Fifteen years ago, it was sufficient to have only theoretical knowledge whose applications you could investigate post-graduation. Today, technological prowess has made it essential for a learner to get an immediate return on education by also achieving learning goals such as work readiness, new skill adoption and access to new ideas.
Determining the right expert to teach is no longer a simple case of identifying a faculty member to deliver the course. With educational institutions now catering to ageing demographics, new ways of working, and new geographies,” who is teaching also has to evolve to adapt to the new needs of the learner. For instance, 68% of the attendees for the Courses courses offered in association with top universities live in countries such as India, the UK, and Brazil, and their completion rates are between 5-10%. Online course providers have done a great job in making learning accessible, but by diversifying who is teaching these courses, they could make learning a lot more approachable to a diverse student group. Additionally, executive education is expected to grow to $325 billion by 2025 with skill gaps in topics such as product management, data science and machine learning. These executives are looking for seasoned experts to help them adapt to a new role, switch jobs or simply stay relevant.
“Identifying the right experts to teach is not only a cost-effective way of improving learning outcomes but done correctly, can help make the course more marketable, increase access to funding and increase collaboration on research”
Institutions can make the course more approachable and applicable by using experts from industry to collaborate on designing and delivering case-studies, guest -lectures and workshops. One of the mistakes educational institutions often make is to rely on personal networks, alumni or celebrities to collaborate on these sessions. This can not only cause disengagement from students but also drain brand value. The industry experts that institutions collaborate with should not only have deep subject matter knowledge but should also be continuous learners themselves, have the ability to teach the target audience and have the motivation to teach. A continuous learner will not only have up-to-date knowledge but will move away from traditional lecturing to facilitating discussion. Ability to teach ensures effective delivery of concepts and identifying the right expert across different student groups is important as you need very different skillsets to teach an undergraduate class and an executive class. Lastly, the motivation of the expert to teach helps avoid cancellations, encourages ongoing industry-academia collaboration and is what puts the spark in the classroom—that is what transforms the session from `something you must do’ to ‘something you love’.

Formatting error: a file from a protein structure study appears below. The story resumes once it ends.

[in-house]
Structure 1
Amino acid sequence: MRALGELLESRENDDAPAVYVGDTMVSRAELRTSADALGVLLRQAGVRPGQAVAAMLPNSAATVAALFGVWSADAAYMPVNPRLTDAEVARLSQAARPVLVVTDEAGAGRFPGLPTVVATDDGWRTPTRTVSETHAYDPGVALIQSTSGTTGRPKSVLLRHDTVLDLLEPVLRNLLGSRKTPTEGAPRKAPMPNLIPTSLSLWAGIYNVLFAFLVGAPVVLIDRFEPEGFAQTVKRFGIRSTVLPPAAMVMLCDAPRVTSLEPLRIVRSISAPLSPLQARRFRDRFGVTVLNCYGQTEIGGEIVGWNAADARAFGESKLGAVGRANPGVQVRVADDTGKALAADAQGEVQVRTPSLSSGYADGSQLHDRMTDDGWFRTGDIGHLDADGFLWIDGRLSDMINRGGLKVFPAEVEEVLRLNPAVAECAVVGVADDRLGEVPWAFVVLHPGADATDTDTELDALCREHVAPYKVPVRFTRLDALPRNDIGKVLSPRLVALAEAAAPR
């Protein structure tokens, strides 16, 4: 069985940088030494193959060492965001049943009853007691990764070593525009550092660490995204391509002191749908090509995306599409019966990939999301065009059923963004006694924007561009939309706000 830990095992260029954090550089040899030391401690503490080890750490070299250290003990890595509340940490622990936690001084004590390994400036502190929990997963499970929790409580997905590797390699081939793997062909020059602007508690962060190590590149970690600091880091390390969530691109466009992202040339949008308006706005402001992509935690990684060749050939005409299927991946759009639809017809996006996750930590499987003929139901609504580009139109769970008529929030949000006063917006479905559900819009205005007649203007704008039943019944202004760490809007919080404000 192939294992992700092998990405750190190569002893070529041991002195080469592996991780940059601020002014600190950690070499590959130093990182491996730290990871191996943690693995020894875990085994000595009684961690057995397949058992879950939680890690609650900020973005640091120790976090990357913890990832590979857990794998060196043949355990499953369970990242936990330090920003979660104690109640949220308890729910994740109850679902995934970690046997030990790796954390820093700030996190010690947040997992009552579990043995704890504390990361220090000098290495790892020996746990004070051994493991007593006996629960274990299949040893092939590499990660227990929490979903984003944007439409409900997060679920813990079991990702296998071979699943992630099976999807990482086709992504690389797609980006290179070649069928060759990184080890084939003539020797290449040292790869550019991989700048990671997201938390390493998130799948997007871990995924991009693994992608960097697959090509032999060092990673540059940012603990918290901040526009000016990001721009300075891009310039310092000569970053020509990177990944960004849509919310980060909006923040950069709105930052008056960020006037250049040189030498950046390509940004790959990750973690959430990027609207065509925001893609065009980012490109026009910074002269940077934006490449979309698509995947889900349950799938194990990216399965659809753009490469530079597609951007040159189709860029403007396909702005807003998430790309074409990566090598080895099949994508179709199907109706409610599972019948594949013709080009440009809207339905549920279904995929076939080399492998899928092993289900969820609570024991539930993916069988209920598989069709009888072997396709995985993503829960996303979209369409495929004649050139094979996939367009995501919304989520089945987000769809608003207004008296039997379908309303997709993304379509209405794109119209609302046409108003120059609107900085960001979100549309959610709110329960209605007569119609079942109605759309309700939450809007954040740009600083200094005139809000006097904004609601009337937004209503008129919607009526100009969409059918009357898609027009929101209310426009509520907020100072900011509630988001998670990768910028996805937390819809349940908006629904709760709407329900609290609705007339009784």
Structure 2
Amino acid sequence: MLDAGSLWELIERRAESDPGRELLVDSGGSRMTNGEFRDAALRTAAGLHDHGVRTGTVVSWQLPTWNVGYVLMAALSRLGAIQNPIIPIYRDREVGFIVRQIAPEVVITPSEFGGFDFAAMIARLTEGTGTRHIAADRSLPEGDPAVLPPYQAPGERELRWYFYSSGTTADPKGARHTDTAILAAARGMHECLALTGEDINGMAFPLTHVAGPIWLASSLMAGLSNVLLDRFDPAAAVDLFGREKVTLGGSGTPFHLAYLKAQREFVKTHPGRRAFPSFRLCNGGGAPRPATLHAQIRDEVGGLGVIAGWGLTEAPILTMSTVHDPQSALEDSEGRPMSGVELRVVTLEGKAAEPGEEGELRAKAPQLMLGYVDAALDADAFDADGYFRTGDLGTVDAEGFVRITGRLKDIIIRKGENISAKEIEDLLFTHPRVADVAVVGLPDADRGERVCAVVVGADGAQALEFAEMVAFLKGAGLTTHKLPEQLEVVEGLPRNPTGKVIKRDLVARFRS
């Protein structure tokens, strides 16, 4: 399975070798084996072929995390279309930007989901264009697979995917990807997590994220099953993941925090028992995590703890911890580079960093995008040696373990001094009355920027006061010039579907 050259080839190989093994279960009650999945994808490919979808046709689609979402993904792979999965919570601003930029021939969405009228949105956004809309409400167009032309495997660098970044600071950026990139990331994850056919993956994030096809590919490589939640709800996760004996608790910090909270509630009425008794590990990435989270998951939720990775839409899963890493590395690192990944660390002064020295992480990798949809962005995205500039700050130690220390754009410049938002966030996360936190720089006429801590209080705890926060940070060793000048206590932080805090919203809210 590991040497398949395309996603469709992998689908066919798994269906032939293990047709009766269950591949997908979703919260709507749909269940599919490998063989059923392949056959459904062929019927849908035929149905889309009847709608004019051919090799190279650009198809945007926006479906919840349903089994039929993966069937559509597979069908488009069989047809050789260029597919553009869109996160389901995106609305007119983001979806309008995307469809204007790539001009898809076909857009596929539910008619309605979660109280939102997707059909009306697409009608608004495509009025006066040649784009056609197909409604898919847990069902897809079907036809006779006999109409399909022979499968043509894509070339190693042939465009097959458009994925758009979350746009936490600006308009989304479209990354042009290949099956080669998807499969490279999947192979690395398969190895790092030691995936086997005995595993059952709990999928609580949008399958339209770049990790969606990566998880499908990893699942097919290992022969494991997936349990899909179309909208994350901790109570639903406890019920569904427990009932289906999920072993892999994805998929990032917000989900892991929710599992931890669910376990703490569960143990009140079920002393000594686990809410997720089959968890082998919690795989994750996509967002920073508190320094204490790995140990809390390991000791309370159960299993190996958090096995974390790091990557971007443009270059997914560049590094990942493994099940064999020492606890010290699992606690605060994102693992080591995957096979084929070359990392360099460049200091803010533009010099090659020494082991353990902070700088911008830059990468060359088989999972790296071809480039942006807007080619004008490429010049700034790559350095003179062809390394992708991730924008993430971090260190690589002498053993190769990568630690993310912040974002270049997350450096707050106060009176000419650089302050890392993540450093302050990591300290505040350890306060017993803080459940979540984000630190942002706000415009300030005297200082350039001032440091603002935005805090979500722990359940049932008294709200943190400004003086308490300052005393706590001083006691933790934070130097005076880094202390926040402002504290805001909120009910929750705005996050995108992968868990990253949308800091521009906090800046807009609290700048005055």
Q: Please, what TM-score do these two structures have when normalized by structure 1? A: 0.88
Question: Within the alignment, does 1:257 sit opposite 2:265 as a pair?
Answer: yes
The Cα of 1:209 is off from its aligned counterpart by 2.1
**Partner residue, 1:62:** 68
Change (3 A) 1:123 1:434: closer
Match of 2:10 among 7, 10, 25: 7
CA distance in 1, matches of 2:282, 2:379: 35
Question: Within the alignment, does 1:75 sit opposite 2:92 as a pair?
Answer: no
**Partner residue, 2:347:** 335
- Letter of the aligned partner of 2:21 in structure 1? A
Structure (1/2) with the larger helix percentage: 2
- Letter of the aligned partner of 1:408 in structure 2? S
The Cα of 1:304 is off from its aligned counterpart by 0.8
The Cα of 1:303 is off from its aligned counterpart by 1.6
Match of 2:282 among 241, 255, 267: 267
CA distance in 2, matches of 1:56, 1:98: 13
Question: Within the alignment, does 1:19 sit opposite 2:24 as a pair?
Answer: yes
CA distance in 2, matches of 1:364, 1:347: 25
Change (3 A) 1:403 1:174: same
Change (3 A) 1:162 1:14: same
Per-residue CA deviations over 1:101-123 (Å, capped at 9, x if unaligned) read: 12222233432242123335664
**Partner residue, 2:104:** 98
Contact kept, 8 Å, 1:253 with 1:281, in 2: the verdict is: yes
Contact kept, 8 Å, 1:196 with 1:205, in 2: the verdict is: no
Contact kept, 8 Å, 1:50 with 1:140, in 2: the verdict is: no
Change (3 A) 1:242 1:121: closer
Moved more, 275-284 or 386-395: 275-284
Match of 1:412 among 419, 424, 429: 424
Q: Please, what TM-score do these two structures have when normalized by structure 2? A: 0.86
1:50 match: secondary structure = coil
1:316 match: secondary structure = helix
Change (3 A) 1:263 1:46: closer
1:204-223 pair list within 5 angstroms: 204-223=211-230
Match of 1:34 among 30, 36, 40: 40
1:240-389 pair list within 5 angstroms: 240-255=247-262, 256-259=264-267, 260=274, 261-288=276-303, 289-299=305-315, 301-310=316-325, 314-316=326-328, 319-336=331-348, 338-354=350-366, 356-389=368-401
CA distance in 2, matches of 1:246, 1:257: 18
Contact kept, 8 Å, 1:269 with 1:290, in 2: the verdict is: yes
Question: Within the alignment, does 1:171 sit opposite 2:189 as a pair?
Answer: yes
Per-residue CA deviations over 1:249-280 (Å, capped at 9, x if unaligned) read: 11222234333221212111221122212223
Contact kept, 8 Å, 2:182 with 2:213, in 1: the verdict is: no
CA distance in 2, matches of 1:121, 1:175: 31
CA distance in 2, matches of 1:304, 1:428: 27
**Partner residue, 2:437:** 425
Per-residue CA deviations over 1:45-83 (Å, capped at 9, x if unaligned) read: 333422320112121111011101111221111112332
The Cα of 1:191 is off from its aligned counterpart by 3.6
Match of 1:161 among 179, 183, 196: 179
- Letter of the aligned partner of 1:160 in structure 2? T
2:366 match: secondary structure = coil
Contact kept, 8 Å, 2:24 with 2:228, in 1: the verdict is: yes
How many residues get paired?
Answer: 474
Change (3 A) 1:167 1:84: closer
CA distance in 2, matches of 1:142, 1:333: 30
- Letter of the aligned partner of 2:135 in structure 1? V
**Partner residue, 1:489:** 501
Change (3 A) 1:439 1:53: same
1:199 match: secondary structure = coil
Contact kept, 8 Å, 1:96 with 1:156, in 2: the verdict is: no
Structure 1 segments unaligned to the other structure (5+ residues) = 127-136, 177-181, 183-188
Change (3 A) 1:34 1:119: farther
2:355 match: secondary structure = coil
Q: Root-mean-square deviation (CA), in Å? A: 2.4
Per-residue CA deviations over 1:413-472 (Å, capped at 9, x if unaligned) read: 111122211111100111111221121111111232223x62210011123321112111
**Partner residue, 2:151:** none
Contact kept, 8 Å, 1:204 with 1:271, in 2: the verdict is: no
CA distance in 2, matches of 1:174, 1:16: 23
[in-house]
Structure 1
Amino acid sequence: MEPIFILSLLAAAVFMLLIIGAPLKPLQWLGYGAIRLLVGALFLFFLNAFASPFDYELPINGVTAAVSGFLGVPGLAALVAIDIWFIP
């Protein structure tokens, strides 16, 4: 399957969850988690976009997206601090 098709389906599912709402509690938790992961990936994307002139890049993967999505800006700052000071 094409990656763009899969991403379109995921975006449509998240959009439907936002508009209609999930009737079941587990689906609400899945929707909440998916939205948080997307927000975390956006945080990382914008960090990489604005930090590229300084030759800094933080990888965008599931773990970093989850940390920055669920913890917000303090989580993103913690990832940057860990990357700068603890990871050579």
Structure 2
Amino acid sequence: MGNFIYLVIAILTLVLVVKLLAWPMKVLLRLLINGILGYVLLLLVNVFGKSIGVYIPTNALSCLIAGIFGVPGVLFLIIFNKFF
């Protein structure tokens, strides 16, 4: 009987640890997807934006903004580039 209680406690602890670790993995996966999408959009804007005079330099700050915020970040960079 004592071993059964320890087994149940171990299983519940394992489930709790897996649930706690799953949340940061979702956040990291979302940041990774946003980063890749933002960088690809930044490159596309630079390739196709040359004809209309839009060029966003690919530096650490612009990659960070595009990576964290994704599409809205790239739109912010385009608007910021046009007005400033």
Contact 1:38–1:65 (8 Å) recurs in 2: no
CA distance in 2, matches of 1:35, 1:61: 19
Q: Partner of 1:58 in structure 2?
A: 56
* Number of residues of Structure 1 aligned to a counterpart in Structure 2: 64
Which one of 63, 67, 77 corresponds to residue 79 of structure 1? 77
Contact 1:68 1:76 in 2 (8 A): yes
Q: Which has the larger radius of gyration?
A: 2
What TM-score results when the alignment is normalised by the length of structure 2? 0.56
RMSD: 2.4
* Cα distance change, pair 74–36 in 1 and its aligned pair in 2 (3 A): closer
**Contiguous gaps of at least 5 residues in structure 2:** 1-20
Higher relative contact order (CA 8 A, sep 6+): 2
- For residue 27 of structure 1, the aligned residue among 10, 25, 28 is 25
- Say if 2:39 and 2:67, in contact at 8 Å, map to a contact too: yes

Educational institutions don’t need to isolate their business and learning goals: identifying the right experts to teach is not only a cost-effective way of improving learning outcomes but done correctly, can help make the course more marketable, increase access to funding and increase collaboration on research. When thinking about where to invest, put your money on who is teaching.
The article was published in Financial Express on 15th August 2018. <Read the newspaper article>.